Children's Fashion Workshop



I'm Erin.  Gardening addict, incurable maker, insatiable reader, closet author, chronicler of childhood, wanderer, wonderer.  I'm glad you've come to sit a while with me.

Instagram @ewatsonhowe


Offhand comments:

9.y.o.-"I have three ant bites.  Can I use this stuff I found in the first aid kit on them?  It's called ant-acid." 

9.y.o.-"It would be awesome if we had a 3-d printer because then we could print anything. a tiny little model of Angkor Wat!"


if the mailman weren't a woman... I would have kissed her. I came home from the library to find this bounty waiting for me at the house. A big soil-filled bag of blueberry bushes and strawberry plants. A whole box of little packets of seeds. And, as though those things weren't enough, a newly-sharpened pair of my scissors, come home to me with whoosh-click precision in its shiny, razor-sharp blades. I hardly know where to start.

I guess it's a good thing she is a woman, after all.


surely there's rehab for this?

Hello, my name is Erin, and I am an addict.

If subclinical obsessive compulsiveness runs in families, in mine it's running a marathon. Fascinating people, to be certain, (even if I do say so) but obsessive to the last man.

And so I present the latest evidence of my own disorder-the remade crazy huge garden plan in the face of last year's abject failure. Do I remember the 4,000 square feet of weeds and dying tomato plants that failed to produce one watermelon, strawberry, or cantaloupe? No! Do I remember the few measly ears of corn and lonely jars of tomato sauce all that space and work took to make? Yes I do.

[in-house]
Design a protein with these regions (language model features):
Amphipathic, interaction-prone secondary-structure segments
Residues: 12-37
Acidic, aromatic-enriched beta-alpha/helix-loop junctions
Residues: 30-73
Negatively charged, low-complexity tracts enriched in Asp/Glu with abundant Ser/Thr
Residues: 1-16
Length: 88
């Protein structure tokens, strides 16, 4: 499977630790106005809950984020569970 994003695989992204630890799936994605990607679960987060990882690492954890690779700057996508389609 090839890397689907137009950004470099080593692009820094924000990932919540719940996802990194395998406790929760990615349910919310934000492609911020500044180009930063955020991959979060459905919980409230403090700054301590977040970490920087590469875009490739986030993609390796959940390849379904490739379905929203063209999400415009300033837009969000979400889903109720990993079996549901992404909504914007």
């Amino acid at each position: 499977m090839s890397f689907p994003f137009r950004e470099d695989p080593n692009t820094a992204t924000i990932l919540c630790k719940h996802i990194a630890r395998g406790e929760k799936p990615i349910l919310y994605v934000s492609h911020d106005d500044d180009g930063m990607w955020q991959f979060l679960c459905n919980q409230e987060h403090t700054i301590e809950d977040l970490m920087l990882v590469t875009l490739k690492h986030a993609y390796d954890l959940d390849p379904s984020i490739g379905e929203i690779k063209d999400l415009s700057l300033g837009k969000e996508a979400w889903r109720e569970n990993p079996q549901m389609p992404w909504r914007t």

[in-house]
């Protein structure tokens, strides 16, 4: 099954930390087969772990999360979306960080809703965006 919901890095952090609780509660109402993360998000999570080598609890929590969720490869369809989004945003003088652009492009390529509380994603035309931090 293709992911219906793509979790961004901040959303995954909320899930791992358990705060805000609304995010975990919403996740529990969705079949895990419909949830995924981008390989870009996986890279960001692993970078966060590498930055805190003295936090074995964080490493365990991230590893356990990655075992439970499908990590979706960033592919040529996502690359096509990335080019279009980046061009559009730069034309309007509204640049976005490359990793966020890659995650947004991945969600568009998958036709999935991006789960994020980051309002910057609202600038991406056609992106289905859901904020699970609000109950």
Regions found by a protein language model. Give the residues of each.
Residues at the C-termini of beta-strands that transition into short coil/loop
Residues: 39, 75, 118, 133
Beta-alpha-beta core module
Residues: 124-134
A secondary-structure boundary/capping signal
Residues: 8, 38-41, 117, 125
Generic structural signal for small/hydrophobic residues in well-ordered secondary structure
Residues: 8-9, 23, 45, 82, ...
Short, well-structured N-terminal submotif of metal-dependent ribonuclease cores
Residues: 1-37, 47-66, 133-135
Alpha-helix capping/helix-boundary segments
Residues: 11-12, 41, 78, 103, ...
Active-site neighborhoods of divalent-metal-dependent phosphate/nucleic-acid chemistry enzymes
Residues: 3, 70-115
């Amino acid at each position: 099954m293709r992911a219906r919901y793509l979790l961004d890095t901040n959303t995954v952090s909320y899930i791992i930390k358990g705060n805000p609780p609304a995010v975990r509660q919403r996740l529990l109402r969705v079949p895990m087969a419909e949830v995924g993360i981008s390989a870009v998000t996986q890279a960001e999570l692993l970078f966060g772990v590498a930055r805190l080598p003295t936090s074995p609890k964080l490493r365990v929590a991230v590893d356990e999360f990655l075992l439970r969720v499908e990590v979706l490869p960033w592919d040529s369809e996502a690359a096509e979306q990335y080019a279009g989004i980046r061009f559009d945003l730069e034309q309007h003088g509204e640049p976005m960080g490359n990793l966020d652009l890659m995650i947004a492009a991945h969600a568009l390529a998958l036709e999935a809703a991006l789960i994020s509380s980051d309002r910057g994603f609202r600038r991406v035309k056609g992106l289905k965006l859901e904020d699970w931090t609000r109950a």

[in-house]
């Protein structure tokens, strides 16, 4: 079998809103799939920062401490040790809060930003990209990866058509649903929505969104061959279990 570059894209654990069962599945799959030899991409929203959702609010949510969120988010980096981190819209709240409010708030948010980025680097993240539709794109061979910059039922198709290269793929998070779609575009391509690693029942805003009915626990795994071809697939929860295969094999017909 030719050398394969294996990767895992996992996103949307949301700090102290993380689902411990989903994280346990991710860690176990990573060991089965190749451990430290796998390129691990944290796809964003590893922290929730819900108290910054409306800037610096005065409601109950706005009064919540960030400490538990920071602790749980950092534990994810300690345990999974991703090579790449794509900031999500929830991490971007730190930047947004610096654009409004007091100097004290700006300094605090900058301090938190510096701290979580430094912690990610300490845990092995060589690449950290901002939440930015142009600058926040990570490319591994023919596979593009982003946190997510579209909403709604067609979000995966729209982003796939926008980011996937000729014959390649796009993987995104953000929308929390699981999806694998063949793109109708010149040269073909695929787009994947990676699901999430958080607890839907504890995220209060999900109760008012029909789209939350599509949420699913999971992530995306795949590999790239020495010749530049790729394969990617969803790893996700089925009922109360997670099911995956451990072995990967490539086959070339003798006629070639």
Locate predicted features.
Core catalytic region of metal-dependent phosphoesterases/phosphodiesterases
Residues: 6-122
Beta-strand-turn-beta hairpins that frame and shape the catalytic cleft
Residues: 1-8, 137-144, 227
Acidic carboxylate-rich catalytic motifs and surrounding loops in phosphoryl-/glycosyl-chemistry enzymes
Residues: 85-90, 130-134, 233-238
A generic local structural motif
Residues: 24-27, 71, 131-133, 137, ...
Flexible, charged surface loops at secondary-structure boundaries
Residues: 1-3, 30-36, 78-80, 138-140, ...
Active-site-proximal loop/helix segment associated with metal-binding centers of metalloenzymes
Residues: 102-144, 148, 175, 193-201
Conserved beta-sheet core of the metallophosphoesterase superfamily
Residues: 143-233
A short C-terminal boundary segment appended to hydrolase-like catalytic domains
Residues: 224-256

So this year we've moved the whole thing into less than 1/4 of last year's garden space, built boxes for raised beds, and are slowly and methodically filling them with (bought in) soil. And the picture above (do click on it to see a larger picture, please) is the result of days' worth of neglect of all other facets of my life to bring forth the Ultimate Garden Plan 2008. The garden that will not fail. The Answer to all Gardening Questions.

The 6 boxes are 4'x16', with 3' paths between boxes. The drawing is in no way to scale, but you can still get an idea of the vast amounts of, say, radishes that we plan to grow out there.

As soon as I have the boxes filled and the planting done, I'll post pictures of that.

The problem, see, is Spring. The second the world starts to thaw out, and tiny green leaves break forth from their tight winter buds, something crazy starts to happen in my mind. I've got to get out there. I've got to plant something. Summer always teaches me a lesson, with its withering heat and phenomenal weed growth, and I'm left wondering who on earth planted this huge garden and expected me to take care of it.

So check back in the fall. I'm usually less obsessive then.



"It is rare that one can see in a little boy the promise of a man, but one can almost always see in a little girl the threat of a woman." -Alexandre Dumas



There it is. I just want to get my sharp pair of Ginghers and cut it all up. These children have a cutting fetish. Anything that can be cut (and quite a few that oughtn't) will be cut with their sharp little scissors. I don't think I ever got over my cutting fetish. Just the way that really nice fabric feels as it goes through my sharp, heavy scissors is therapeutic, somehow. Ahh, to have something to look forward to.

My good list for yesterday is short. We went to the library, and toddler-bird actually sat still for maybe two stories out of the storytime. Progress! Usually he's running from one side of the room to the other, or out the door, or pushing other people's strollers around and going through purses. So the fact that he sat and listened is a great stride.